Esses,V. M., Dietz, J., Bennett-Abuayyash, C., & Joshi, C. (2007,Spring). Prejudice in the workplace: The role of bias againstvisible minorities in the devaluation of immigrants`
foreign-acquiredqualifications and credentials. CanadianIssues,114.
Canadais not a supportive destination for visible immigrants especiallythose from poor countries seeking job opportunities. The paperinsists this is true given that Canadian society has consistentlydevaluated foreign obtained education and in the processdiscriminated against immigrants in the workplaces and even inresource allocation. The current prejudice against visible immigrantswith foreign credentials portrays them as less qualified and lesscompetent in the workplace. The author’s views are supported by aresearch conducted in Canada in which black immigrants with Canadianqualifications were perceived better qualified than black immigrantswith foreign qualifications.
Thestudy touches on a new platform of discrimination that might havegone unnoticed for a long time. Credential assessment should not betied to ethnicity and nationality as the articles argues. Forinstance, it shows clearly that black immigrants with foreign degreesearn less than white immigrants with foreign degrees. However, I tendto disagree with the stance the author takes in failing toacknowledge the fact that different countries have different levelsof education the same way Canadian and American universities areranked. It is only proper to also compare earnings for Canadiangraduates from differently ranked Canadian universities.Additionally, I do not agree with the assumption that employers onlyconsider ethnicity and nationality of credentials in assessingemployee suitability without considering the need for culturalcompetence in fulfilling responsibilities in their target workplacepositions. For instance, I would hire a children’s story tellerfrom Canada to tell stories to children in light of the need forcultural competency.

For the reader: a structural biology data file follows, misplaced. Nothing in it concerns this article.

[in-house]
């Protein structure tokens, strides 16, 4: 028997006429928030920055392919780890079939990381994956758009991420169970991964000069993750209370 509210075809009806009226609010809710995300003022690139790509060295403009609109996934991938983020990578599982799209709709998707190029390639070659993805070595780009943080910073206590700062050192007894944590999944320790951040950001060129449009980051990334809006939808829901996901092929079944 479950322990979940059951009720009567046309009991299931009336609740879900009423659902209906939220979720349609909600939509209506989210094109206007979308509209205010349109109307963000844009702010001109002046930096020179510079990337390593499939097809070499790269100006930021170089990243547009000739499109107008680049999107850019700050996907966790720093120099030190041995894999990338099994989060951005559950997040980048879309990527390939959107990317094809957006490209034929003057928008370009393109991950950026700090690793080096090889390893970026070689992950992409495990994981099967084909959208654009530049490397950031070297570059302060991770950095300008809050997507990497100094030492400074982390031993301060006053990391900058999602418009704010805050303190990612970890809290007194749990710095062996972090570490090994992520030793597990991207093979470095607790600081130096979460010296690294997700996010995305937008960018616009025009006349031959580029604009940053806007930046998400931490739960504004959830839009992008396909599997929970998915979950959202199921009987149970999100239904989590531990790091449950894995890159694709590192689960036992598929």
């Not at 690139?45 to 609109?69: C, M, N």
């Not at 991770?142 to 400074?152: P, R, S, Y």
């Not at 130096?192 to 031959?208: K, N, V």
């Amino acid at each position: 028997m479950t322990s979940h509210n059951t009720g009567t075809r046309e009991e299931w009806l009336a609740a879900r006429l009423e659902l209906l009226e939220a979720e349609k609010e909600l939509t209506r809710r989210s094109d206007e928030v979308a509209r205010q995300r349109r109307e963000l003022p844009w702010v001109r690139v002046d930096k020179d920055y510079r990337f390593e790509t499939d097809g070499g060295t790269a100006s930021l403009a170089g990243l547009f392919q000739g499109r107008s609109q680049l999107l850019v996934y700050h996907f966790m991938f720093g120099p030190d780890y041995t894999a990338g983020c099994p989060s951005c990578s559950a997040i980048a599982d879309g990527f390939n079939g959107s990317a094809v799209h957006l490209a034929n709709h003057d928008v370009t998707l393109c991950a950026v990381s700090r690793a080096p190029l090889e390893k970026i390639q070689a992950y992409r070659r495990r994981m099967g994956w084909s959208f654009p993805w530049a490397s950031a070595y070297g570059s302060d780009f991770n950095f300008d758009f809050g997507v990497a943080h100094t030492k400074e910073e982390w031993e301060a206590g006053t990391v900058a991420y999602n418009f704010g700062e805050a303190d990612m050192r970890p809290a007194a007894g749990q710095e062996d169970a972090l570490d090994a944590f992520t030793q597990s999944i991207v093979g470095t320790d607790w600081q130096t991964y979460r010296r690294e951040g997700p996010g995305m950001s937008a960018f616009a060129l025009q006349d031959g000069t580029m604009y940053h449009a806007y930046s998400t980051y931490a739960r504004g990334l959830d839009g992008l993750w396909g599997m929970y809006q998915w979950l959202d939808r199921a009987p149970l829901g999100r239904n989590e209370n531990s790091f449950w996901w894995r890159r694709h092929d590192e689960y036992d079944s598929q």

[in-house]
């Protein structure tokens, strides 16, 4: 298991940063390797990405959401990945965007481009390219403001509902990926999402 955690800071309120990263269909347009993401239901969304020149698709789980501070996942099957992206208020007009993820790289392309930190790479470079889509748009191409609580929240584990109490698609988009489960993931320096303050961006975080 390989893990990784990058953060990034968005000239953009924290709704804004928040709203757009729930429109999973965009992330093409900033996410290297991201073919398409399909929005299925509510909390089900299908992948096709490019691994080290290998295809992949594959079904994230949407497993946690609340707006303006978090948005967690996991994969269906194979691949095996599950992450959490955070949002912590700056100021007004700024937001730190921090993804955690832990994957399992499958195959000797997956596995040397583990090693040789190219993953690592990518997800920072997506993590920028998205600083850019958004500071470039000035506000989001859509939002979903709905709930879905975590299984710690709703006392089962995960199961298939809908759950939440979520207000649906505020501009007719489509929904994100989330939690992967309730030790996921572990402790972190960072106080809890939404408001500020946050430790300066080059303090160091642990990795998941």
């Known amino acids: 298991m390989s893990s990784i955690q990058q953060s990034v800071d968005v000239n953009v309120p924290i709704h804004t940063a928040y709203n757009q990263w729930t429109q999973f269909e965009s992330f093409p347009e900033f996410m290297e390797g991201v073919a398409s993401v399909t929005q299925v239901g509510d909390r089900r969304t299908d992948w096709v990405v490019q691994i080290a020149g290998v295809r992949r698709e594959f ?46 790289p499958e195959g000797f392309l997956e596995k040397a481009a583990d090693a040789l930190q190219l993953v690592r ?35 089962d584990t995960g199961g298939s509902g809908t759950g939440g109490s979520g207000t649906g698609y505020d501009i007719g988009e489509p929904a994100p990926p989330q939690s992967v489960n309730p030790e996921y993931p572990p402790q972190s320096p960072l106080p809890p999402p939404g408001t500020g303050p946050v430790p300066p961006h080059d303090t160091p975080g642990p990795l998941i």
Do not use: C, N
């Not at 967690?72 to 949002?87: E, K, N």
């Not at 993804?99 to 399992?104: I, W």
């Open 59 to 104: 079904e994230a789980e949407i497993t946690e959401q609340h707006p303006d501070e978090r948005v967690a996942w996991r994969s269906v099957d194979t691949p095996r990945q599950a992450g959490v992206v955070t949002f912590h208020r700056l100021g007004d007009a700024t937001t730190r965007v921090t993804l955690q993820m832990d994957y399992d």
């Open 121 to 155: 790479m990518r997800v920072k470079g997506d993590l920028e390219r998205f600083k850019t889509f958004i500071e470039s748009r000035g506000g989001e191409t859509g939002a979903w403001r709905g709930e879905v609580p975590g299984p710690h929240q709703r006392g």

Mackenzie,S. (2006). Systematic crimes of the powerful: Criminal aspects of theglobal
Acommon saying in global political debates is that developingcountries do not need aid but fair trade policies. This articlefurther supports this claim by indicating that systematicdiscrimination against the world’s poor countries perpetrated bythe rich is to blame for global power and resource imbalance. Thearticle blames this imbalance on G8, WTO, IMF, World Bank and IMFamong other trade and financial institutions.
Thearticle present some jaw dropping facts on the current status of theglobal economy. Poor countries and poor individuals suffer at thehands of the rich. This happens on two levels. On the global level,rich countries are taking advantage of the poor and at the nationallevel the leadership in poor countries is taking advantage of themajority poor with the help of these global bodies. For instance,dictators such as Mobutu of former Zaire and Suharto from Indonesiaborrowed billions of dollars which were siphoned to their privateaccounts but these countries’ poor taxpayers pay the loans over theyears. The article does well in documenting the ills of these globalbodies and their causation of global poverty. It falls short in justsaying that perhaps the world would be a better place without IMF,World Bank and other such bodies.